Celebrity News

Angelina Jolie delivers a powerful speech while visiting a Syrian refugee camp

The mother-of-six made reference to her own children while addressing world leaders from a refugee camp in Jordan.
Angelina Jolie

This week, Angelia Jolie returned to Azraq, Jordan for the fourth time since the conflict in Syria began, to visit the temporary homes of the displaced families affected by the ongoing Syrian refugee crisis.

After hearing the heartbreaking stories of the families who were forced to flee their homes in a desperate search for safety, the actress and UNHCR Special Envoy held a press conference and delivered a powerful speech.

“There are children here who remember no other life than this harsh, desert environment and barbed wire fences,” she began, referring to the disproportionate number of young people living at the camp.

“There are teens here who bear terrible mental and physical wounds of the conflict,” the brunette beauty went on before adding that “over half of all the refugees in Jordan are under 18.”

“My own children are of that age, and like any other parent, it is impossible for me to imagine what it would be like for my own children in this situation. And it breaks my heart.”

Angelina and her husband Brad Pitt share six children — Maddox, 15, Pax, 12, Zahara, 11, Shiloh, 10, and twins Knox and Vivienne, 8.

Speaking of a brave woman she met on her visit, Angelina then recalled a heartbreaking story to explain why her role as a mother resonated so strongly with the women and their families.

“I met with a family this morning who fled Daesh in Raqqaa, and then moved twenty times trying to find safety inside Syria.

“In that time, the mother suffered repeated miscarriages, and her two brothers and sister were killed in an airstrike.”

Watch Ange’s powerful speech in the video player below. Post continues…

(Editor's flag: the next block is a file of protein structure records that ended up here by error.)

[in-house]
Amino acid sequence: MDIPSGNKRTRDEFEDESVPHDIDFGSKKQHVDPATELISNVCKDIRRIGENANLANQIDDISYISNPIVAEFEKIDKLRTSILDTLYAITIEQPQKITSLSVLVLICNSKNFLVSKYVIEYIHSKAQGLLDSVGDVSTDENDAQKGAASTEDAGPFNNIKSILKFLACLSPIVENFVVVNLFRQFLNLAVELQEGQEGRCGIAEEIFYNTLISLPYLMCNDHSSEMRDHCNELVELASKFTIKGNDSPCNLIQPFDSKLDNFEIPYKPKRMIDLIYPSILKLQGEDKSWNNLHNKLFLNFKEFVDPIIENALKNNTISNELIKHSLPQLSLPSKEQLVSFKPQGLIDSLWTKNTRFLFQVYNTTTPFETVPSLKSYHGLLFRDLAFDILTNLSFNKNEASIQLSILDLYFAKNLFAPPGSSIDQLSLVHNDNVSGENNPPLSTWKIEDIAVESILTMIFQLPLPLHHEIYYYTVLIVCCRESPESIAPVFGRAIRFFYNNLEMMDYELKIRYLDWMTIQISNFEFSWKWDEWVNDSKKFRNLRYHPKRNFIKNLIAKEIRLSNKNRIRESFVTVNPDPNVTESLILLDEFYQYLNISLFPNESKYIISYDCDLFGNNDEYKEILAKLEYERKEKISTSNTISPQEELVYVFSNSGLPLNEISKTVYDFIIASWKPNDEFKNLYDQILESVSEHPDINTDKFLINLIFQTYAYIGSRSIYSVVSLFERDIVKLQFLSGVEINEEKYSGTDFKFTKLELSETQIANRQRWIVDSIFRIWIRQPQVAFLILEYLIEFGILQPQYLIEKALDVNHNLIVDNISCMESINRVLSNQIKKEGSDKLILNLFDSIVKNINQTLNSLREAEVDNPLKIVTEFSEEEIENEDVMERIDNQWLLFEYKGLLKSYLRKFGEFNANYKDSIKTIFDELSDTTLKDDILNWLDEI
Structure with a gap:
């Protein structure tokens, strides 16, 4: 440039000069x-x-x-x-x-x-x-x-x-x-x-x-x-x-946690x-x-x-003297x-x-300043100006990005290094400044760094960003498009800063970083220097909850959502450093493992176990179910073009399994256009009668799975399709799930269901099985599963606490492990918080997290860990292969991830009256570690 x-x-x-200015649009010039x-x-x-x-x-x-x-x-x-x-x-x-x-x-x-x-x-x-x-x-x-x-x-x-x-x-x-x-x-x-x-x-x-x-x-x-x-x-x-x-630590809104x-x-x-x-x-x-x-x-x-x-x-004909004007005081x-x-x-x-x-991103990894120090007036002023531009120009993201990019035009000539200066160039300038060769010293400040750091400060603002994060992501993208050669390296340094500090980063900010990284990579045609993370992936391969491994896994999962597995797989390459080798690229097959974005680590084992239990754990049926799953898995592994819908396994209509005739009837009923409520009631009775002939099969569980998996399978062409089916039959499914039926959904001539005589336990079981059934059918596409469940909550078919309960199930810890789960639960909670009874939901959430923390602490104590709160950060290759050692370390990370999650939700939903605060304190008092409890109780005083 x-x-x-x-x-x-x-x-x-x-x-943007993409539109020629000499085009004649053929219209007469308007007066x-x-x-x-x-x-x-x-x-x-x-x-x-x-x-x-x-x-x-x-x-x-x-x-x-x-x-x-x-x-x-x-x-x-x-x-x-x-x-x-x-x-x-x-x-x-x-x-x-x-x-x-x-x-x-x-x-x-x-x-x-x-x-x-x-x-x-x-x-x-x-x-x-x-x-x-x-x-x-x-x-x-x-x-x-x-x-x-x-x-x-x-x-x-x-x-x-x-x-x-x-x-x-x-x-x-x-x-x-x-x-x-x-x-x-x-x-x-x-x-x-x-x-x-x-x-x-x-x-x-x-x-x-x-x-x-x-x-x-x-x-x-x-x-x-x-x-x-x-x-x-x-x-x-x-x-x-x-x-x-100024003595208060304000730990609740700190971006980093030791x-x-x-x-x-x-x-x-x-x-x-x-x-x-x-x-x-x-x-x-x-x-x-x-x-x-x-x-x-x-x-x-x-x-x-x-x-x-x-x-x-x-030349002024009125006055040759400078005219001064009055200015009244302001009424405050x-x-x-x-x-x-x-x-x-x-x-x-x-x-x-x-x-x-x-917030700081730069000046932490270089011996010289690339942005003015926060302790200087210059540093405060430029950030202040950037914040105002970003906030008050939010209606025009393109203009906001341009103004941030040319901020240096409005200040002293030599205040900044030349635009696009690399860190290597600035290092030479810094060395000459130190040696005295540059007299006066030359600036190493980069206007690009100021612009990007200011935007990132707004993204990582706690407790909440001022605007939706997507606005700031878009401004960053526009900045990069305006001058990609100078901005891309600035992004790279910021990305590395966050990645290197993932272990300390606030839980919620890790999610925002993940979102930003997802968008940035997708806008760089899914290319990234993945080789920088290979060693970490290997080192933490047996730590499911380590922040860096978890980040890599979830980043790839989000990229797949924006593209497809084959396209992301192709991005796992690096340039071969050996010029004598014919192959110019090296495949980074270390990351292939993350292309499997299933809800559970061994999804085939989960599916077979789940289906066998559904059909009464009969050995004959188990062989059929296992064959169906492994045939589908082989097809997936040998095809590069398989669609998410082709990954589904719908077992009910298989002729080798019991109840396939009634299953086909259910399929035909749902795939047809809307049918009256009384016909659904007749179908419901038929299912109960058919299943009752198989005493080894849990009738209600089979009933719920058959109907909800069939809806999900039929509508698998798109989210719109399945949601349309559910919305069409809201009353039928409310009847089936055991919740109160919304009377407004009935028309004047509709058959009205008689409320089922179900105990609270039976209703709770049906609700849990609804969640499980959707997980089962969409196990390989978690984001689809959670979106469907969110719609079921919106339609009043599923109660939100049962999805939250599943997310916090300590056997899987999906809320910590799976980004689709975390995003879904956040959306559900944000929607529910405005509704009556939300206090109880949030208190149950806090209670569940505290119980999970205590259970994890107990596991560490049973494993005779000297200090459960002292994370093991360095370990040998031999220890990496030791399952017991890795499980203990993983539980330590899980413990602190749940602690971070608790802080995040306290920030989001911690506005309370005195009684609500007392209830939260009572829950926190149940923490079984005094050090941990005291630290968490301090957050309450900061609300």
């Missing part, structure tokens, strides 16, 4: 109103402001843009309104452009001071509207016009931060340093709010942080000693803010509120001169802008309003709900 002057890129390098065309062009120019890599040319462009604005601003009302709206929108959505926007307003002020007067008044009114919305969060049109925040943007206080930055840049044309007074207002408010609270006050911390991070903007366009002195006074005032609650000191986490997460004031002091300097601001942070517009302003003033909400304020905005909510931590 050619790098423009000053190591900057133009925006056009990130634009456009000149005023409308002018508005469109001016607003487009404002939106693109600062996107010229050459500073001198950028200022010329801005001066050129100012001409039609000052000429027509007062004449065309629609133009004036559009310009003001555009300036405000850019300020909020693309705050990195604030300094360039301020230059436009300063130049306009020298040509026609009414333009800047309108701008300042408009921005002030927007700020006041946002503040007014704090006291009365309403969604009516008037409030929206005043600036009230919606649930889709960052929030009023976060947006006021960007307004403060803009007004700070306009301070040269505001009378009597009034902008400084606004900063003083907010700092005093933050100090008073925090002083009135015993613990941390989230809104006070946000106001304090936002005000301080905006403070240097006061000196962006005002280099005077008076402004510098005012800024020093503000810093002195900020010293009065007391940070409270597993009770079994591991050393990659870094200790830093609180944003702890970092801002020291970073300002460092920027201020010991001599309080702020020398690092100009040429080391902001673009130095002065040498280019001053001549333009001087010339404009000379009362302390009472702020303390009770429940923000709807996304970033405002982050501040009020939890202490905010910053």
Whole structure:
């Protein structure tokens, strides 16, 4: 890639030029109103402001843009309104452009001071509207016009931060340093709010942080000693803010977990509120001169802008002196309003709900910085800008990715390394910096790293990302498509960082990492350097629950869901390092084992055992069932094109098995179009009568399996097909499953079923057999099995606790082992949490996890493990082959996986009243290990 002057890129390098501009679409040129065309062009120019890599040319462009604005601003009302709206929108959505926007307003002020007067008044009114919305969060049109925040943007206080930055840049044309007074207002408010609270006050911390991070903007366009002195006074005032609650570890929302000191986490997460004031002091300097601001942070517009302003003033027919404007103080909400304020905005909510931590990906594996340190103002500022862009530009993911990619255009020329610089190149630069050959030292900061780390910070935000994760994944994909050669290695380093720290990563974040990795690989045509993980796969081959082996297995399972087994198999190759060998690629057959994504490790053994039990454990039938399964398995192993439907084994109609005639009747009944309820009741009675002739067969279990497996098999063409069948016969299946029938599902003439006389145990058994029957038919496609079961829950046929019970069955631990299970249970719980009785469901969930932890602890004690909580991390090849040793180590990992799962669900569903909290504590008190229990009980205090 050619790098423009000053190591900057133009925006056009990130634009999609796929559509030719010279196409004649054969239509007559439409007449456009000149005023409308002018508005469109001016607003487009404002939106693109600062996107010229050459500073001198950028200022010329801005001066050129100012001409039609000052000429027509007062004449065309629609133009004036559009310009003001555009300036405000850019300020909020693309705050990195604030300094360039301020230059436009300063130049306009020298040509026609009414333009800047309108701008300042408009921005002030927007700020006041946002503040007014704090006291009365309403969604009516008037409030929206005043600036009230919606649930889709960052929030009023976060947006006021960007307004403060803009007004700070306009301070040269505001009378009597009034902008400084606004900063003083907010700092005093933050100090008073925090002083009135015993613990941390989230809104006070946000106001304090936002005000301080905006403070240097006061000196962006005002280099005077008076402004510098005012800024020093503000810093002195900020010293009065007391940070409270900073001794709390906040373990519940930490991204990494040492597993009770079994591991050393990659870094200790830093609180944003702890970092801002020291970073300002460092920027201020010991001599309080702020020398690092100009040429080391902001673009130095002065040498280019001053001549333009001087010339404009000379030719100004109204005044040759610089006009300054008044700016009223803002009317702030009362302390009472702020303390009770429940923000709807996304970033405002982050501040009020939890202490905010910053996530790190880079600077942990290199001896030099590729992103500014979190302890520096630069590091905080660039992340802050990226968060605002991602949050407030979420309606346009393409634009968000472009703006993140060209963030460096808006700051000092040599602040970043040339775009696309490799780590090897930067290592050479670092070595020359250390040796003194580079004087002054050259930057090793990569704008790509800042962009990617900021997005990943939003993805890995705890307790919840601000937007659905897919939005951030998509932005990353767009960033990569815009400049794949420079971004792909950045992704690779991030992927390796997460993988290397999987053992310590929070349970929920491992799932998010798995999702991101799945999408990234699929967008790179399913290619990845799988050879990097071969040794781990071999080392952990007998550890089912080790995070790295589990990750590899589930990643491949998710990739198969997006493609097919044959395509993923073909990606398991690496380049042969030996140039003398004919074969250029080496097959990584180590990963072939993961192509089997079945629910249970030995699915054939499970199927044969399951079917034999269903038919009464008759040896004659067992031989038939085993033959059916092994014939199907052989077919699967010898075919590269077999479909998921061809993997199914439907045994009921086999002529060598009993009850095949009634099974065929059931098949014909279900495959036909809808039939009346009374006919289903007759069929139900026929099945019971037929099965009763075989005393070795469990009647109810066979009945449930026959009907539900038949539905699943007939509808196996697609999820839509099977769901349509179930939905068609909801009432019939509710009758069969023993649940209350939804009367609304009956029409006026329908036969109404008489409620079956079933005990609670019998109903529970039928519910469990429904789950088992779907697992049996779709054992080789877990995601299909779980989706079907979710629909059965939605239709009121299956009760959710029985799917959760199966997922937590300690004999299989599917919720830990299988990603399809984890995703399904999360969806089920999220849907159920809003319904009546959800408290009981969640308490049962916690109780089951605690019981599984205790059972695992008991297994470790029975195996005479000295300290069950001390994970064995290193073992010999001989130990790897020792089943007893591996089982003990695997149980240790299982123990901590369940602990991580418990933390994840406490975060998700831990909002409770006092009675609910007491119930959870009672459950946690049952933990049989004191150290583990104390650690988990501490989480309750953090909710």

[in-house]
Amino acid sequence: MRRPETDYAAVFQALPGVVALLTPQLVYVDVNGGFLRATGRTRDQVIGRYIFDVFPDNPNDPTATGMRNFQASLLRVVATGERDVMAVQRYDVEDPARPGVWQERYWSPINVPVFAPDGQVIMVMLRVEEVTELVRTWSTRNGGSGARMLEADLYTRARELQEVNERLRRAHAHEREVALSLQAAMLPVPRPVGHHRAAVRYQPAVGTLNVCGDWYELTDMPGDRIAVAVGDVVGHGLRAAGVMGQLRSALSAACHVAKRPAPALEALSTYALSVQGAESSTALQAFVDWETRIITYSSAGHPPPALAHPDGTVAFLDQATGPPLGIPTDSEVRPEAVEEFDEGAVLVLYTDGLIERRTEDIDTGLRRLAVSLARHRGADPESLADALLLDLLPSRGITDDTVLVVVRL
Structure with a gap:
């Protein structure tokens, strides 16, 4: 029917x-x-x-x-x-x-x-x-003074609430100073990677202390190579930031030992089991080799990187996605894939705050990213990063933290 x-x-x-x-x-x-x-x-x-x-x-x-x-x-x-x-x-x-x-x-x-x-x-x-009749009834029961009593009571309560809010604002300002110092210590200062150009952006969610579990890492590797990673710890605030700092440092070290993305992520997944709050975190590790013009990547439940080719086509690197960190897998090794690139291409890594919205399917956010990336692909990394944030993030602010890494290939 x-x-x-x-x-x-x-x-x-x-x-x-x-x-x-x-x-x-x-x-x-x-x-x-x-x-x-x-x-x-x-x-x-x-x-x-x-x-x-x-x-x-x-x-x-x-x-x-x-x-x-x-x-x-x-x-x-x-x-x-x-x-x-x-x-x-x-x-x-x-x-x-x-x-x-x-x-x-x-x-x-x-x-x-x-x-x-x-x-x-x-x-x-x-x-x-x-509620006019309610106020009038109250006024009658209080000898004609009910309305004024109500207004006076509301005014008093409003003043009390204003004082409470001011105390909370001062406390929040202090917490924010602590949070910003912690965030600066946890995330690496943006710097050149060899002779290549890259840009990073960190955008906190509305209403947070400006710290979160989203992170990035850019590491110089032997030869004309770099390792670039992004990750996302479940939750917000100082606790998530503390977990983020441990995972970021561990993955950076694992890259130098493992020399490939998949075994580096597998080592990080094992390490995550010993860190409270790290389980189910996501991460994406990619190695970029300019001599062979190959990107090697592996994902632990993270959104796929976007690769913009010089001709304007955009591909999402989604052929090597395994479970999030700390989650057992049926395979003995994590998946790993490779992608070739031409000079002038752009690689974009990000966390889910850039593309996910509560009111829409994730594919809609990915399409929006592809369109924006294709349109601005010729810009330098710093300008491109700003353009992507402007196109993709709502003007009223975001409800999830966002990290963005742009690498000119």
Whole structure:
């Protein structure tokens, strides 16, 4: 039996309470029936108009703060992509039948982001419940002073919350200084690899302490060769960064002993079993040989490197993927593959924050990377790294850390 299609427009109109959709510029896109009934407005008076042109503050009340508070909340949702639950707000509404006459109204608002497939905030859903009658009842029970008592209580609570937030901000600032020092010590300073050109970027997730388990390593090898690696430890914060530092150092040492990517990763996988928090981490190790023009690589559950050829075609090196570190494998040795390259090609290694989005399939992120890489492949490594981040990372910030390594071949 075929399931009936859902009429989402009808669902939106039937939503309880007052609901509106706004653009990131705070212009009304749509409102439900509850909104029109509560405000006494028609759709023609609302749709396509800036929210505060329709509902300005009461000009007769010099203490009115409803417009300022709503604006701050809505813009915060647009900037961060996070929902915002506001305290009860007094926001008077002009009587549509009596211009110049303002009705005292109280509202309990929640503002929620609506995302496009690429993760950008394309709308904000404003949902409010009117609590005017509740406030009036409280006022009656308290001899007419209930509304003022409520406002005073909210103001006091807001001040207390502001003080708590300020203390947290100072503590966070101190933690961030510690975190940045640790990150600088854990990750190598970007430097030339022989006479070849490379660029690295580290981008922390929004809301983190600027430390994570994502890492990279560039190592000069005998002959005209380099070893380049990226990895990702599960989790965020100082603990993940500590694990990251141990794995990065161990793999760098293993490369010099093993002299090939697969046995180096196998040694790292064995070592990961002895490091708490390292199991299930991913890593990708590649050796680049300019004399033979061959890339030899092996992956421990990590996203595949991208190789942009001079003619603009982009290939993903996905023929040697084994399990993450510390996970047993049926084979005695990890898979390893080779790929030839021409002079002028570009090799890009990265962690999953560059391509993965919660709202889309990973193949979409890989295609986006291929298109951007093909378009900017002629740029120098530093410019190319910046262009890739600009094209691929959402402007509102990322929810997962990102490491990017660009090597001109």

Loading the player...

Angelina’s latest message comes as Syria enters its fifth year or civil war. The conflict has displaced about five million refugees, 60,000 of which are currently based in the Al- Azraq refugee camp in Amman, Jordan.

“This is not a problem of Jordan’s making, or that Jordan should be left to bear alone,” the 41-year-old went on.

“Jordan has been warning for years that they could reach a point where they on their own could do no more. The world has known about the situation here for months but no solution has been put forward.

“Refugees want to know when can they get back to their home. They don’t want to be passive recipients of aid, they want a political solution.”

The star pictured looking over the Al- Azraq refugee camp in Amman, Jordan.

The humanitarian finished her speech with a plea to the world’s leaders, who will be meeting at the UN General Assembly later this week.

“My message to world leaders, as they prepare to gather at the UN General Assembly in 10 days’ time, is to ask that the fundamental root causes of the Syria conflict, and what it will take to end it, are put at the center of the discussion.”

Friday’s speech wasn’t the first time Angelina has publicly addressed world leaders in making active change to help the Syrian refugees.

The 41-year-old was honoured to meet a few of the many displaced children.

Just last April, the humanitarian slammed the U.N. for failing Syrian refugees during a briefing to the Security Council.

“We cannot look at Syria, and the evil that has arisen from the ashes of indecision, and think this is not the lowest point in the world’s inability to protect and defend the innocent,” she told the council.

“If we cannot end the conflict we have an inescapable moral duty to help refugees and provide legal avenues to safety.”

Angelina Jolie on an earlier visit to the Zaatari refugee camp in Jordan back in 2012.

The volunteer work Angelina has done – and continues to do – for the cause has been deemed invaluable.

UNHCR spokesperson, Adrian Edwards told reporters: “Her work does go substantially beyond what we would typically see as being the normal role of a goodwill ambassador,”

“I don’t think you need a rocket scientist to see the benefits that she is bringing in terms of the attention that she is getting for the plight of the world’s displaced.”

Related stories